CongaTick, beautiful stuff! I love the way you describe this ever repeating and also ever magnificent ritual before we get going. I very much like, no, I "need" rituals in my life and this one certainly is one of my favorites. When I play with other people I get there at least 30 to 45 minutes earlier to be able to do this ritual very slowly, aware of every turn of the tuning screws, placing the congas in front of me exactly the way I like etc. A necessary process to clean myself, to leave this world and enter the other one, the magical world of strokes, rests, intervals, pulse and rhythms. What a beautiful and healthy addiction!

The world is, among many other things, a drummers' village. Right now someone, somewhere is tuning his/her conga, entering that other world. I hope she/he lets us know about his/her experiences there. I'm already looking forward to it.

Be all greeted!

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Postby yoni » Wed Feb 23, 2005 8:00 pm

Hola, everybody!

Untal, I didn't know you are also a native New Yorker! The Rumba jams in Central Park in the 60's and early 70's were my main inspiration at first, so was jamming along endlessly with Santana albums. I know what you mean about feeling a bit funny about practicing when someone else is around... I hate to feel as if I'm bothering anyone, luckily I have several places, including outdoors, where I can play alone if I want to. Yes, Gemma, I feel lucky to be in a place where it's Spring and Summer most of the year, one of the main reasons I left NY. Weather there just doesn't agree with me, nor does the general rat-race feeling and all those buildings...

Today I had a full day of rehearsals, in the early afternoon with an ethnic percussion group where we play African, Latin, Caribbean and Middle Eastern styles on a variety of instruments. A very nice group of friends, always fun to jam with. Later had another practice with a woman who I work with sometimes in a duo, we play at a wedding in the North this weekend. Also various ethnic styles.

Congatick, I also like changing the tuning of the congas, especially to get within the tonality of other instruments that might be joining. And I'll adjust tuning if others change keys between tunes. Conga tones can be so pure that if they're out of tune with accompanying instruments it can sound really off to me.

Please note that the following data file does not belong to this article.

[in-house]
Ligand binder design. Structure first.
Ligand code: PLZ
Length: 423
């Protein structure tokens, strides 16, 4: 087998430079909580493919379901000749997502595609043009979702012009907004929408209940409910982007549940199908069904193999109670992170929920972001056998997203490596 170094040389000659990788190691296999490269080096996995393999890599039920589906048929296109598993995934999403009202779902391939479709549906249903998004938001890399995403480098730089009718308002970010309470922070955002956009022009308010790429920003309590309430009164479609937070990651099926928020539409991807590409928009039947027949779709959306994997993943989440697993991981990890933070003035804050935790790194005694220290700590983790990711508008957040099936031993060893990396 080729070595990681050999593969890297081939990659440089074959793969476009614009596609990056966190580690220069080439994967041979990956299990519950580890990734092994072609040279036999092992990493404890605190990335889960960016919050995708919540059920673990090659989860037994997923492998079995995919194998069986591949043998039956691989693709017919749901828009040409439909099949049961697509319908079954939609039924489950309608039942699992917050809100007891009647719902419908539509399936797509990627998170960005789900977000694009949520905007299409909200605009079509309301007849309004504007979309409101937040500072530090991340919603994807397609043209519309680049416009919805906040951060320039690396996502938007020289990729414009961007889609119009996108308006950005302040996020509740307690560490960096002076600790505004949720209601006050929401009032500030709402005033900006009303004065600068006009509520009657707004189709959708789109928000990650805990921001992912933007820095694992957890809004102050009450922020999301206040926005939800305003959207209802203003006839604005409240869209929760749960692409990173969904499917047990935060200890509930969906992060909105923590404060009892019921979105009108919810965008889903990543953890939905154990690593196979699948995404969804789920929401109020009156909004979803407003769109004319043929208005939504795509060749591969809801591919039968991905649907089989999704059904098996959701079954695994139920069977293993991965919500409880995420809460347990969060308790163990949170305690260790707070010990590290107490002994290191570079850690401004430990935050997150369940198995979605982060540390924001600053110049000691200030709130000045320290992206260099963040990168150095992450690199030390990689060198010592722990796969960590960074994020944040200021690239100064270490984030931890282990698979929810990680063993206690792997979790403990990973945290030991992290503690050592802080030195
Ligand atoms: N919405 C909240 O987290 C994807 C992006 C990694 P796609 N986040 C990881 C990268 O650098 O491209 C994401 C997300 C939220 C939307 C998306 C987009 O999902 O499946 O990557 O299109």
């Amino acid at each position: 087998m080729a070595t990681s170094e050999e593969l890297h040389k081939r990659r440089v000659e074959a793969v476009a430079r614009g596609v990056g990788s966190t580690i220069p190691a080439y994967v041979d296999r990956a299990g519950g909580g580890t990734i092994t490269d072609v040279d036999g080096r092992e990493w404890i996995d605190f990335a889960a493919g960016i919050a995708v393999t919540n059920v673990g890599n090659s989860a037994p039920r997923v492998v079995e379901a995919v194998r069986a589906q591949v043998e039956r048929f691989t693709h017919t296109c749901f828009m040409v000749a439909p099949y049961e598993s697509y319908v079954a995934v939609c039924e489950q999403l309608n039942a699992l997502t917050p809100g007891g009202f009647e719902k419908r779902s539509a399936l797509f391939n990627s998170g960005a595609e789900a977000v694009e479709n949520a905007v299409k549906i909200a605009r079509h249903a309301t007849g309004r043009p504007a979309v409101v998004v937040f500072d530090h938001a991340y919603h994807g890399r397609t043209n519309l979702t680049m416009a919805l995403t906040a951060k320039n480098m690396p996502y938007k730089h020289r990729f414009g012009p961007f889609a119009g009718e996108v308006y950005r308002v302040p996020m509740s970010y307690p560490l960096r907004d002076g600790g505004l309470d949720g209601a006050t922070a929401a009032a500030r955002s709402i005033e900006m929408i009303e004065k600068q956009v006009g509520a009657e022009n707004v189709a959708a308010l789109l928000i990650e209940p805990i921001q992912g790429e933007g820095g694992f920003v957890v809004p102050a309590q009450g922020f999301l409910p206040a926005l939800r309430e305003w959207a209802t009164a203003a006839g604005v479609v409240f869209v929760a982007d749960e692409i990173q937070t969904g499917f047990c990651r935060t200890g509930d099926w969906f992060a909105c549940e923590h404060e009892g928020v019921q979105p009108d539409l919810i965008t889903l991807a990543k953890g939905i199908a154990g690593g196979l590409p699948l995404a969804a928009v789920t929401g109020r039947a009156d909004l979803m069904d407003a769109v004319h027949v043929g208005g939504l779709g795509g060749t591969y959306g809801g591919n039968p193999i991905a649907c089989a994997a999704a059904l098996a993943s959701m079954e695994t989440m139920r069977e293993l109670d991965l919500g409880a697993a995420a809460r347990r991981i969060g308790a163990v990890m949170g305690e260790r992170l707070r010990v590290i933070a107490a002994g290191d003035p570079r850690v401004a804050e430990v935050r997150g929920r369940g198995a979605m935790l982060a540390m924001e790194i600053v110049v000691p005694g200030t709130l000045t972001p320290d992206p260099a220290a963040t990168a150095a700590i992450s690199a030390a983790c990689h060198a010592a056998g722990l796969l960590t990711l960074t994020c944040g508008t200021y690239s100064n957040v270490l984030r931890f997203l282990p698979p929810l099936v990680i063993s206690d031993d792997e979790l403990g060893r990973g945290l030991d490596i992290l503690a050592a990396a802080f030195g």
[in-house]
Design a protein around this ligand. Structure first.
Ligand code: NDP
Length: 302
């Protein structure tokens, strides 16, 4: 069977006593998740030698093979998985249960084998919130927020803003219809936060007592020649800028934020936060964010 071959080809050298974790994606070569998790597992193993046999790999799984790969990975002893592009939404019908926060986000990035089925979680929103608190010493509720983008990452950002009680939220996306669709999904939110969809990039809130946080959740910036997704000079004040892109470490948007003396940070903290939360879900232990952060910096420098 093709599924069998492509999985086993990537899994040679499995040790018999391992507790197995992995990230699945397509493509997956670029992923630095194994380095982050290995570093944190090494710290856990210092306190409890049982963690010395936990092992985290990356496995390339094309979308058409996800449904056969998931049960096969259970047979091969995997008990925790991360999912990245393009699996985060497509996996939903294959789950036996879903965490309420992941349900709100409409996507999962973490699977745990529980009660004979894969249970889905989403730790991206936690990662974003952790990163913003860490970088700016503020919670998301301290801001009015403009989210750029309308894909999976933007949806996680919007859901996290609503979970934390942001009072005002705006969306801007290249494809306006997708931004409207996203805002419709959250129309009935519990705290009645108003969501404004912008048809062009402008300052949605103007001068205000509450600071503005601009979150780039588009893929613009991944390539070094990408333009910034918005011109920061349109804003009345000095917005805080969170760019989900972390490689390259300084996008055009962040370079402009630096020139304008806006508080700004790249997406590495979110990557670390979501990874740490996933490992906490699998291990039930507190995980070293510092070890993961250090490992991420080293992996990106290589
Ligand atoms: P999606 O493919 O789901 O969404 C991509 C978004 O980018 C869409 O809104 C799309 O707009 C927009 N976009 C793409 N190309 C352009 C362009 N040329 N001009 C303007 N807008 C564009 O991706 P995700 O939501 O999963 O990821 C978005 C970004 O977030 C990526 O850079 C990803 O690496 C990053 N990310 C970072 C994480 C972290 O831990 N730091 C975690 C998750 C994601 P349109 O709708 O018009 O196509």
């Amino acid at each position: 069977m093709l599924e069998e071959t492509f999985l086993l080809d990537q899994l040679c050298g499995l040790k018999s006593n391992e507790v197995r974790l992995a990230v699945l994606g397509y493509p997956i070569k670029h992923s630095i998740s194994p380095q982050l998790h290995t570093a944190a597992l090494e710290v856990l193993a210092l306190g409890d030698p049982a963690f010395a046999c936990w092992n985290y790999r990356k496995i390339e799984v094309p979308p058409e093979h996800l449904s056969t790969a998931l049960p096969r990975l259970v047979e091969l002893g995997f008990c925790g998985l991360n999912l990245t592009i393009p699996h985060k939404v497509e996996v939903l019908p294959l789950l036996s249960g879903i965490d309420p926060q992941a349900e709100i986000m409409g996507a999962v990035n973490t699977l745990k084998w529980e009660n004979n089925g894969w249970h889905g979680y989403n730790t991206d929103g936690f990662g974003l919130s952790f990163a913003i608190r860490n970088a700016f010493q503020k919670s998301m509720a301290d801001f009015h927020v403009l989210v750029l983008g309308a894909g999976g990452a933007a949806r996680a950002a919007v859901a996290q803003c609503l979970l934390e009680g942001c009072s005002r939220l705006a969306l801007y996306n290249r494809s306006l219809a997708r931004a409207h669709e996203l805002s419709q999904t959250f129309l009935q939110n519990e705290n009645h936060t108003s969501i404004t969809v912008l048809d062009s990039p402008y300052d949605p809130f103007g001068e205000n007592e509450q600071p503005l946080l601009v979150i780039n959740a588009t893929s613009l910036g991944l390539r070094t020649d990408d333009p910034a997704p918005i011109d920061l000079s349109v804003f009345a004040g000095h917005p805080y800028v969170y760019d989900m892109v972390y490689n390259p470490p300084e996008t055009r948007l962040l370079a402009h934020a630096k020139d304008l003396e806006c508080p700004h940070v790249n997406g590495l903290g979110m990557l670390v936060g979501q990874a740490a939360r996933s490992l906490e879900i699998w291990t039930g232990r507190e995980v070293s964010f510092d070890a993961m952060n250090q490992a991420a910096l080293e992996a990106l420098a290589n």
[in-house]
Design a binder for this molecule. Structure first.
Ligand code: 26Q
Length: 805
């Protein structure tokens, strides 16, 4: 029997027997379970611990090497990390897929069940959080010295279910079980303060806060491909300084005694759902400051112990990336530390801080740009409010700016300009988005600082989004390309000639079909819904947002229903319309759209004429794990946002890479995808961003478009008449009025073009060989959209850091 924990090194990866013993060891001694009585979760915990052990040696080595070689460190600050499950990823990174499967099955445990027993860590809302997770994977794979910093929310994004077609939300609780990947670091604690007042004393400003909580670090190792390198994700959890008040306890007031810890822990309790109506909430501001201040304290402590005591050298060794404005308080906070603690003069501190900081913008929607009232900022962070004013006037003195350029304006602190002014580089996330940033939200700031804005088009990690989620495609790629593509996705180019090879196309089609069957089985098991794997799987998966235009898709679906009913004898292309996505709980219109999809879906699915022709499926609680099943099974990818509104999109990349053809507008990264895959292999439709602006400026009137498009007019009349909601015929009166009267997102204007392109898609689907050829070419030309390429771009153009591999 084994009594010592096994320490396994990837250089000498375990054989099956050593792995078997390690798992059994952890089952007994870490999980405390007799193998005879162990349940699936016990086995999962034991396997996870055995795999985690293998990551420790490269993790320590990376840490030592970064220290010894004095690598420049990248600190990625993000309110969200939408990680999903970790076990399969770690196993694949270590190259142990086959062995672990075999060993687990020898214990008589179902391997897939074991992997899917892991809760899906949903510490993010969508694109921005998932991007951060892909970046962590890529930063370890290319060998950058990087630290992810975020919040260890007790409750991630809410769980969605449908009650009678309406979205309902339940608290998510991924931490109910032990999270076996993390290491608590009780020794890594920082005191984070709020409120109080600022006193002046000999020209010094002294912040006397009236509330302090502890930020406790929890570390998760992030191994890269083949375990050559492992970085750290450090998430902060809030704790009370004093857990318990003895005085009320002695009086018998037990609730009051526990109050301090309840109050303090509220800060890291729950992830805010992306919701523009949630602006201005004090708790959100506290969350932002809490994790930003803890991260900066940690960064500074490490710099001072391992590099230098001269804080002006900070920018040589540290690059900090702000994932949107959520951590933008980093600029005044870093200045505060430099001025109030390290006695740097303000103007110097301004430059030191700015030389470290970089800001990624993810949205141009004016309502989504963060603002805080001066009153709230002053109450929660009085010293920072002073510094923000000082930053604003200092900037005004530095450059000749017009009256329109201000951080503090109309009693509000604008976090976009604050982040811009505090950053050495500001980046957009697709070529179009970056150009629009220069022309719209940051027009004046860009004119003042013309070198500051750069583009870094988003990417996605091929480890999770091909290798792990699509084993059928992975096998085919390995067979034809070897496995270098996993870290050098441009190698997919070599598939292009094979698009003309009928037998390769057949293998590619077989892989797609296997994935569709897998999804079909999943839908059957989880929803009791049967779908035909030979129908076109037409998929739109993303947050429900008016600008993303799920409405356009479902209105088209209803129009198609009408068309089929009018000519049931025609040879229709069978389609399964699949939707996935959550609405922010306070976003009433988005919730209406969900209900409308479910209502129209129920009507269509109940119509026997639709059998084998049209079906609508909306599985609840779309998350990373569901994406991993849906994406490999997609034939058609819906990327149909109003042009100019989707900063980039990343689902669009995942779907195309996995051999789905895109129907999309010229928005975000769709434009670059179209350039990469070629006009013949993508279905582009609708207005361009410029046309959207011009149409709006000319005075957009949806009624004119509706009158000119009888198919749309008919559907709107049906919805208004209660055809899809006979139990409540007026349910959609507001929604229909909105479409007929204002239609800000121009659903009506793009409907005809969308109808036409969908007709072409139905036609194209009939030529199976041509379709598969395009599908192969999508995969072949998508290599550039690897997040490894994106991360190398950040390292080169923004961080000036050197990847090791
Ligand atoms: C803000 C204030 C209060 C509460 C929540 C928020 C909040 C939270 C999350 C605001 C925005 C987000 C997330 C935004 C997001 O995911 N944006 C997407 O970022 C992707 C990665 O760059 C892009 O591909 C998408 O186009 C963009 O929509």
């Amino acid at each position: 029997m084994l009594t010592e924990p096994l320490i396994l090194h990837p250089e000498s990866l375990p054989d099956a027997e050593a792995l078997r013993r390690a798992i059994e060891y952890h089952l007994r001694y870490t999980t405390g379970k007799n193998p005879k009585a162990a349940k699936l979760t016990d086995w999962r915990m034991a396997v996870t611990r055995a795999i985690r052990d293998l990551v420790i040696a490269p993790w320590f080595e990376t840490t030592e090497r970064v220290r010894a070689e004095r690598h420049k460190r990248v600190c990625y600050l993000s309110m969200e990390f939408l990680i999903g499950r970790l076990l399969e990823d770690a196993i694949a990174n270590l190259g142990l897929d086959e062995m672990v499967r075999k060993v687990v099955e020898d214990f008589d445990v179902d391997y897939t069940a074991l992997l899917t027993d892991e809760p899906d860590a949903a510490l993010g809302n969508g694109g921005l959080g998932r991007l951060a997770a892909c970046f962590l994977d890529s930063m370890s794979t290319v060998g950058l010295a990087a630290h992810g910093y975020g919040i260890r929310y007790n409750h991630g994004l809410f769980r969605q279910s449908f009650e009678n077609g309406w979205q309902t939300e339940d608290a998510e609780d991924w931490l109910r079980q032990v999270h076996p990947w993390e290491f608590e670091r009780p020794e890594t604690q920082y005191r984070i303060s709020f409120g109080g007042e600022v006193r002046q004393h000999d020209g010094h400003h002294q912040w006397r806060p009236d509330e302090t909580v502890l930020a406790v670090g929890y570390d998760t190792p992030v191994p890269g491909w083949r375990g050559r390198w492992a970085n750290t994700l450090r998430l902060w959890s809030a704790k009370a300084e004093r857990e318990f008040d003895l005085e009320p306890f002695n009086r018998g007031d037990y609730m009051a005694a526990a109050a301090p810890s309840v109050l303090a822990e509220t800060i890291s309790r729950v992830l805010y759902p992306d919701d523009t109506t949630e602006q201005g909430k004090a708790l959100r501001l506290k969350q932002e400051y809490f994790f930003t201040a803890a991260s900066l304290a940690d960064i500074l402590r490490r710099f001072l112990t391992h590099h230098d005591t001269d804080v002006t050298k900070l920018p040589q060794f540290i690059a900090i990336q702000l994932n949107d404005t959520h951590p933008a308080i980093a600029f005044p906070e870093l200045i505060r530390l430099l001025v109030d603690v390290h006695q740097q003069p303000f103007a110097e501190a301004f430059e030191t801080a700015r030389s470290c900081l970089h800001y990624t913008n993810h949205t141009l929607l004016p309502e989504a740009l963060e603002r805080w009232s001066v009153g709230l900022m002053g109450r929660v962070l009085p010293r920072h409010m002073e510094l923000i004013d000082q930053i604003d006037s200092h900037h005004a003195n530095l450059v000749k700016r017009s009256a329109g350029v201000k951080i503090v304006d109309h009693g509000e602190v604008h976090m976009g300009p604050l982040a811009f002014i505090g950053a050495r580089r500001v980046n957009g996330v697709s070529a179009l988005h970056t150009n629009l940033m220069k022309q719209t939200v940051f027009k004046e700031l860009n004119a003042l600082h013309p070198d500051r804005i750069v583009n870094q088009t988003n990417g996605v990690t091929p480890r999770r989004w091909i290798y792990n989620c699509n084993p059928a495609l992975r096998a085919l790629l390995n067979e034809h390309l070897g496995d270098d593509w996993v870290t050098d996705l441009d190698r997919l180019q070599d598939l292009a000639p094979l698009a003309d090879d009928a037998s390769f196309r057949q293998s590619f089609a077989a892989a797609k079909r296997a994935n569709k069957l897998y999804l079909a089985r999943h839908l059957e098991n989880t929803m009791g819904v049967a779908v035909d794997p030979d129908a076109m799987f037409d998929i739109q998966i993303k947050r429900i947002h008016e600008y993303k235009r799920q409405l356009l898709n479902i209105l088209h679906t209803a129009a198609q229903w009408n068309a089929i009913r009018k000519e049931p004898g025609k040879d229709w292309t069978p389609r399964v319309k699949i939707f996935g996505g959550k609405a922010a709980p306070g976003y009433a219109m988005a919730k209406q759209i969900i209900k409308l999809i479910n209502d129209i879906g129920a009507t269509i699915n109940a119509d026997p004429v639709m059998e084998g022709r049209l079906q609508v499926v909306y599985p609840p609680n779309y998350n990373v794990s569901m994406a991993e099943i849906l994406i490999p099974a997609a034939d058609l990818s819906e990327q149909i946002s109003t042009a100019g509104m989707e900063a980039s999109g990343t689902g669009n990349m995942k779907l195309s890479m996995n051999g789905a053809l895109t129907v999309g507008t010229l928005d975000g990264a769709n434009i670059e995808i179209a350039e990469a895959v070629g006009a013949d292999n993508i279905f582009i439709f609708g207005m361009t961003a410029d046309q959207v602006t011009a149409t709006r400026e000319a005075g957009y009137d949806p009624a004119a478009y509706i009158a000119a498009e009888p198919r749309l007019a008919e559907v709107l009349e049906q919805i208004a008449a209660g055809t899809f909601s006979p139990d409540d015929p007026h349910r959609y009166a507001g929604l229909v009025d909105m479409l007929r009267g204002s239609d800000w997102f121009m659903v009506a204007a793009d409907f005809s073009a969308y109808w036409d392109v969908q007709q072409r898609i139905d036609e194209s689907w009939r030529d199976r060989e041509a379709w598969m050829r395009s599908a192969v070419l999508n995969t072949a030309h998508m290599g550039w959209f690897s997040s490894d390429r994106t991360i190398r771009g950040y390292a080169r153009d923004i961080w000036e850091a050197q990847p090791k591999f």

Between the gigs and my part time maintainence job I'm managing okay; no savings, no car, but able to keep my head above water and enjoy lots of music, nature and more. I like these days full of music. Every day should be like this.

Greetings to all,
enjoy,
yoni
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Postby CongaTick » Thu Feb 24, 2005 1:05 pm

Yoni,

You're dead-on right about re-tuning to match accompanying tonalities. Melodic percussion fuels the groove even more deeply. I'll adjust tuning and play across the 3 congas and bongos simultaneously to find the fit, and when it clicks the texture and drive synch solidly with band members and listeners alike.
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Postby JohnnyConga » Thu Feb 24, 2005 6:34 pm

Hey Yonni maybe u and I sat on the same bench in front of the lake jamming together, back in the late 60's early 70s. Given my 3 years in the military from 68 to 71,(I'm 56 now) I played in Central park every sunday in 68 and returned in 72 to the same spot, and my old friend "Marty" , the handle bar mustachioed, eleke wearing, Cuban cigar smokin, chekere playing, brother. We hung out all the time with Marty. His sons play Bata. Marty was also an Architect, and Master craftsman, he hand made all the Bata drums his sons have today. Oh I can tell you guys story that would fill up many pages here, this has been just a very short one......."JC" Johnny Conga......... :;):
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Postby JohnnyConga » Thu Feb 24, 2005 6:44 pm

Hi Gemma ...I used to live in Feudenheim, Lampertheim and Mannheim, back in 69-71. I was at the time the ONLY working conga player in "West Germany" at the time. I worked with 7 different bands in that time and was with one for over a year-"The Afro-Directions", they were African brothers that primarily played mostly James Brown music, and they were great to work with, I had a ball with them touring all over Germany and playing a lot of "E-M", (enlisted mens clubs), and Discoteques. Another band was the Avantgards that played a lot of Blood Sweat & Tears type music. Then the one I loved the most was "Tommy Harris & the Fabulous Upsetters". Tommy was ex Air Force and played the drums. The unique thing about him was that he would call out the number of the tune rather than the title of the tune, and he had over 125 tunes in the book, mostly R&B. so he would look at me and go ok number 62, and I would ask him anyway which tune was it. I never had them all memorized by the number. But that was his way. He was very cool with me and took very good care of me on the road. In the military I got 30 days a year off, so when I took my month off I would tour with the variety of bands I performed with, even played on the Cruise ship out of Heidelburg going up the Rhine river, we also used to jam under the bridge in Heidelburg, of course during the summer.......I got more for ya......"JC" Johnny Conga........ :;):